For the third time in five mornings, President Trump is attacking Amazon's business practices via Twitter.
And then on Monday, yet again -- another poke, repeating the argument that the Postal Service loses money shipping for Amazon. "This will be changed," Trump said.
Amazon's shares, along with the broader market, fell Monday morning, with the e-commerce company's stock down about 5 percent.
Amazon and its CEO, Jeff Bezos, have been frequent targets of Trump's attacks, with the president arguing that the company isn't paying its fair share in state and local taxes and is gaining an unfair advantage by using the US Postal Service to deliver its packages. Trump is widely seen as targeting the company because Bezos owns The Washington Post, which has reported critically on the president.
Trump on Saturday alleged that the US Postal Service is losing an average of $1.50 for every package it delivers for Amazon, amounting to billions of dollars. He may have been referring to a widely circulated Citigroup report from last year that said the Postal Service would need to charge 50 percent more for packages to cover all its costs. "This Post Office scam must stop," Trump tweeted.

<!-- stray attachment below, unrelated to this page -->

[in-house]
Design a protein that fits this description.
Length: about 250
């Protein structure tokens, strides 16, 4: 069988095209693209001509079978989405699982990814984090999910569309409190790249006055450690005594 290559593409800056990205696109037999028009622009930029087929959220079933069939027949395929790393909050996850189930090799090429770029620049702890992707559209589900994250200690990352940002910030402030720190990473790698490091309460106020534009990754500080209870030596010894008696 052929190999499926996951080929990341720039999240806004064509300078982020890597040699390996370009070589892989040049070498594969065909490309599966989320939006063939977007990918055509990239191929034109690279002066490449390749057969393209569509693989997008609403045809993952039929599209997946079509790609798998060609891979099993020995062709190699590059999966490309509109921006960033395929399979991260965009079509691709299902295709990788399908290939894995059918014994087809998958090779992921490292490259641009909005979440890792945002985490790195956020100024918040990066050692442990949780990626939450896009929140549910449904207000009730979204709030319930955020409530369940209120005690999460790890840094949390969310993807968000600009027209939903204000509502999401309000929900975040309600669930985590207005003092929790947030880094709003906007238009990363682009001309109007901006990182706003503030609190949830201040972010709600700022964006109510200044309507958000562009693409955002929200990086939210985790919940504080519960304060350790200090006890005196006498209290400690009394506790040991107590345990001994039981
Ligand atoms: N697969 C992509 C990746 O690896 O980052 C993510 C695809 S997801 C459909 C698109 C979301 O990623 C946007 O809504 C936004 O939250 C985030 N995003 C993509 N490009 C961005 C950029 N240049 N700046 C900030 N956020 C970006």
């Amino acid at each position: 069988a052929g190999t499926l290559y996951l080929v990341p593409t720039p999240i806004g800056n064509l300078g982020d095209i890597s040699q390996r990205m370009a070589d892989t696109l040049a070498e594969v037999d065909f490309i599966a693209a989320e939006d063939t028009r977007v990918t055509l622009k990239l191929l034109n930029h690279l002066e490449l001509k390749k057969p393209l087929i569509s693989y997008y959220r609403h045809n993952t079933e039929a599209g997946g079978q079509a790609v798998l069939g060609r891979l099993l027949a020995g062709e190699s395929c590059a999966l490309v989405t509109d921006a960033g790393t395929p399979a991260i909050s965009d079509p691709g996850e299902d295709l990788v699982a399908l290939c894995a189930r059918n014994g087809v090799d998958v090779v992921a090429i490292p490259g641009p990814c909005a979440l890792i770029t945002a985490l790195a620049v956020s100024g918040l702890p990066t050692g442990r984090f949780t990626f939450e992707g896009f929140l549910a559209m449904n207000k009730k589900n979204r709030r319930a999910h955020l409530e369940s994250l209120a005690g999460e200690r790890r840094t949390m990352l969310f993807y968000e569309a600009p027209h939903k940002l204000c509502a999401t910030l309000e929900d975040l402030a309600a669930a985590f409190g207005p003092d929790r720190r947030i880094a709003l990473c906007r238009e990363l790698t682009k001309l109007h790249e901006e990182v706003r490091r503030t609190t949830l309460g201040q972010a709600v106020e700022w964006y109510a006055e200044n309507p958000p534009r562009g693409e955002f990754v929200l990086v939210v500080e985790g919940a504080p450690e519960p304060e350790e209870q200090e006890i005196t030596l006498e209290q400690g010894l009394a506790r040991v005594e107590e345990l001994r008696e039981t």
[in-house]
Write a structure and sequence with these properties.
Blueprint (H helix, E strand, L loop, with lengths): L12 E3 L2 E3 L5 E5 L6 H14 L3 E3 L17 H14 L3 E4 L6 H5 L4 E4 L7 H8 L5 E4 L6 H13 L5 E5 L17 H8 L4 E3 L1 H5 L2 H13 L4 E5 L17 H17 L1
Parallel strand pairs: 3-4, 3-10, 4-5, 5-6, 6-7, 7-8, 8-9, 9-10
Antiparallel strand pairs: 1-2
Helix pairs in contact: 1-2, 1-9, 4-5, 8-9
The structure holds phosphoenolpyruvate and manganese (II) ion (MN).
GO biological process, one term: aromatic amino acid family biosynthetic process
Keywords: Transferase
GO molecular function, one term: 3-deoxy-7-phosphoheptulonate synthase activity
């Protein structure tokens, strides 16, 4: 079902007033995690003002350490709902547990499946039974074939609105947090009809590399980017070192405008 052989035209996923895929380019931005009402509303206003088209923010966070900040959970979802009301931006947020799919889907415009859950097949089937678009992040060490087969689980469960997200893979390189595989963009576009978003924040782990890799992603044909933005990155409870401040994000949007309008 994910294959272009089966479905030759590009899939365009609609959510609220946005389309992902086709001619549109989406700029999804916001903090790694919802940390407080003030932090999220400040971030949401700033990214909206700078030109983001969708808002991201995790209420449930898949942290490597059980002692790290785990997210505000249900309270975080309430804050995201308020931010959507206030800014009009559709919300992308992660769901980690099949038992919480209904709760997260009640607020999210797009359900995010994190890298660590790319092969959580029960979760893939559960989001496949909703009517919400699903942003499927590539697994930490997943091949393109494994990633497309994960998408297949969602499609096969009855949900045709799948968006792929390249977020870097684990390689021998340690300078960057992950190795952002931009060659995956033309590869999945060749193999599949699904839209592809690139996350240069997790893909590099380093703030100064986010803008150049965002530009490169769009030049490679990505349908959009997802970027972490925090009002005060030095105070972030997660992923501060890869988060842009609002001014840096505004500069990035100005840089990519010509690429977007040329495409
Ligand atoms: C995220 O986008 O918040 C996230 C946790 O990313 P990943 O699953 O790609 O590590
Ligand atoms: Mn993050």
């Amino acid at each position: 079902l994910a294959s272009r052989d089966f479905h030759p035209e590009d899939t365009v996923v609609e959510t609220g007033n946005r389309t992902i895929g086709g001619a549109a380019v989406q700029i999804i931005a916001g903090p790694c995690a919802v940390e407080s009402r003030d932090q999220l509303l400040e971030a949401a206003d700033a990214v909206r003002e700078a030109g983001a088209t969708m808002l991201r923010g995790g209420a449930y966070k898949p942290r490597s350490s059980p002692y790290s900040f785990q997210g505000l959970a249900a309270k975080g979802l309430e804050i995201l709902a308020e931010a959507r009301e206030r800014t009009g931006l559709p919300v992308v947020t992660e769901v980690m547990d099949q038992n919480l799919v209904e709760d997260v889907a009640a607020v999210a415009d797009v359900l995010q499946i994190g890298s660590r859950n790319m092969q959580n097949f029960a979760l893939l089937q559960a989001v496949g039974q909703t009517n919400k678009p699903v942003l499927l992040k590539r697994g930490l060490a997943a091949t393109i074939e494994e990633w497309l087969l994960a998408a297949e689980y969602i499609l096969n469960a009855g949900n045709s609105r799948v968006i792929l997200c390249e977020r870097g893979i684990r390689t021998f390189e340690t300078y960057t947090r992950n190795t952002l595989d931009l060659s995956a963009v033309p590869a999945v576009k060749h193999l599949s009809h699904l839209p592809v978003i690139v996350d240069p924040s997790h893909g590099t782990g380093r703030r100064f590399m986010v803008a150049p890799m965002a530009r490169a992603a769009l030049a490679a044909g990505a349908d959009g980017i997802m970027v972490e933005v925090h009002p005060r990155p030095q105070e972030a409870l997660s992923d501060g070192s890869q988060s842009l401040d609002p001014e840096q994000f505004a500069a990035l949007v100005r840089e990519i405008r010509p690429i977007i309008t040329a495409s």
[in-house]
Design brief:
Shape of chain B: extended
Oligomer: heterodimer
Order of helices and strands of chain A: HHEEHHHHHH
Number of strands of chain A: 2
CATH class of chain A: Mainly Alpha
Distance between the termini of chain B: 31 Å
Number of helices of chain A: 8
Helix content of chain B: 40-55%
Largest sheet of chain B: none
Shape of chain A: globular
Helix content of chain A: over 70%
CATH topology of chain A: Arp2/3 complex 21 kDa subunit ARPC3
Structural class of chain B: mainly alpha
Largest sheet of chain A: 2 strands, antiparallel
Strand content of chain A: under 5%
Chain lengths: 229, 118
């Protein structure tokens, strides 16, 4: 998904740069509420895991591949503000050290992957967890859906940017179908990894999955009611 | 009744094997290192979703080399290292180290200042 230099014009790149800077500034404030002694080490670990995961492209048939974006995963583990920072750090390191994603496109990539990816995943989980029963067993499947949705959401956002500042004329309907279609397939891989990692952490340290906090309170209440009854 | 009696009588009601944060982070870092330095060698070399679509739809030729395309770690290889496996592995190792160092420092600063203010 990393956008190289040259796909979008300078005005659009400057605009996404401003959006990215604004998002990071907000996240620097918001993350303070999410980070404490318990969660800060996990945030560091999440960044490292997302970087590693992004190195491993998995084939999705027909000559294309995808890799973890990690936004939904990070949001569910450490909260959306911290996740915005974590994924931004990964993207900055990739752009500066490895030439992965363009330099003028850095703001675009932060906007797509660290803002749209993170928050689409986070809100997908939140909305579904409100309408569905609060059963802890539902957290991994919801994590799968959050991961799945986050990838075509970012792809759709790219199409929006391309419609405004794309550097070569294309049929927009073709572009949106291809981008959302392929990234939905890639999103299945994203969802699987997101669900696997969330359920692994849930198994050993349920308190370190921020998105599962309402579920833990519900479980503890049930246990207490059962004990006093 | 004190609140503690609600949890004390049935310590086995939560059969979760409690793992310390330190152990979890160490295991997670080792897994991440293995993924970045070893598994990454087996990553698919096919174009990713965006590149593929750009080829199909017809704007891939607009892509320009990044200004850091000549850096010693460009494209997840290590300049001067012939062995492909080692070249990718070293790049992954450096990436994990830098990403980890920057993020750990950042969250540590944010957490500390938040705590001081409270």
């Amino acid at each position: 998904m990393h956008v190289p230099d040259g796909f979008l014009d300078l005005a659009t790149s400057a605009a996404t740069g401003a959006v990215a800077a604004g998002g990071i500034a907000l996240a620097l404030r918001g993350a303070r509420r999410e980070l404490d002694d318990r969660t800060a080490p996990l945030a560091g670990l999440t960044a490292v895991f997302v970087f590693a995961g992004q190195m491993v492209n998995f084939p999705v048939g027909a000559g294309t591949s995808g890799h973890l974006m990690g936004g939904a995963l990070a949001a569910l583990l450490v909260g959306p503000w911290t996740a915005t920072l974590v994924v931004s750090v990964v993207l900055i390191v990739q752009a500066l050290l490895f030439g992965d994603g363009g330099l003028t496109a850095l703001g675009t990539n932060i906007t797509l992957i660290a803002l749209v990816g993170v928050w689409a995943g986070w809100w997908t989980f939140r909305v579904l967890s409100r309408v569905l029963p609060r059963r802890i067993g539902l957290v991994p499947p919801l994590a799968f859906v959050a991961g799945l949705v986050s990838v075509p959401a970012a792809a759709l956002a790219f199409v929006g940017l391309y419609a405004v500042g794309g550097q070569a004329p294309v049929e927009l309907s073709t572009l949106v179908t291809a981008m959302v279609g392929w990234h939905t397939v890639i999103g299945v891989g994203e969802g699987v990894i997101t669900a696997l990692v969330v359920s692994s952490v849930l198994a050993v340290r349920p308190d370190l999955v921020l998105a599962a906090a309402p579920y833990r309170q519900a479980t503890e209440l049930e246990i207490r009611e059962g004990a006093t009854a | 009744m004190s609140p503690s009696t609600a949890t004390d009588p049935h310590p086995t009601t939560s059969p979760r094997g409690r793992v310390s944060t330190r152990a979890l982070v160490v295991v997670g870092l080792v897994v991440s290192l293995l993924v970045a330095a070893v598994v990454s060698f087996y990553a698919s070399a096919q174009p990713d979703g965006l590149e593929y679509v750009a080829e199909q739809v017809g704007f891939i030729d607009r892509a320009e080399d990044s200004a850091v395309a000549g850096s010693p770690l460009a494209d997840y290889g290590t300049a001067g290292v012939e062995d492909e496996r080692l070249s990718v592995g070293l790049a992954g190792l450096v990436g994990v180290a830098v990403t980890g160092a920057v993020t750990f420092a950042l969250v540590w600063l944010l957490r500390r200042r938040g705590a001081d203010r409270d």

Amazon, along with other e-commerce companies, routinely does work with the Postal Service, and the arrangement saves it money. Some observers argue this amounts to a government subsidy for Amazon and other shippers. But others say Amazon, one of the Postal Service's biggest customers, is a benefit for the agency.
Amazon uses the Postal Service for last-mile deliveries, called "postal injections." It sends packages to local post offices, which can deliver items more cheaply because the Postal Service sends mail carriers to every address already. Bigger companies are usually the only ones with the logistics capabilities to do postal injections.
Trump on Saturday also mentioned that Amazon is amping up its lobbying expenditures, arguing that The Washington Post is part of that lobbying operation and should register as such. The Post is a news publication and isn't directly involved in lobbying for Amazon.
Despite continued saber-rattling against Amazon, Trump has yet to take direct action against the company, and his staff said last week that the White House has no current plans to do so. Meanwhile, the general public continues to view Amazon as one of the most reputable companies in the US. Trump's previous assertions that Amazon pays little to nothing in state and local taxes are inaccurate.
Amazon declined to comment for this story. The White House didn't respond to a request for comment.
First published March 31, 7:04 a.m. PT.
Update, 7:45 a.m. PT: Adds more background.
Update, April 2 at 8:28 a.m.: President Trump tweeted about Amazon again Monday, repeating his argument that the Postal Service loses money shipping for Amazon. "This will be changed," he said. Amazon's shares, along with the broader market, fell Monday morning, with the e-commerce company's stock down about 5 percent.
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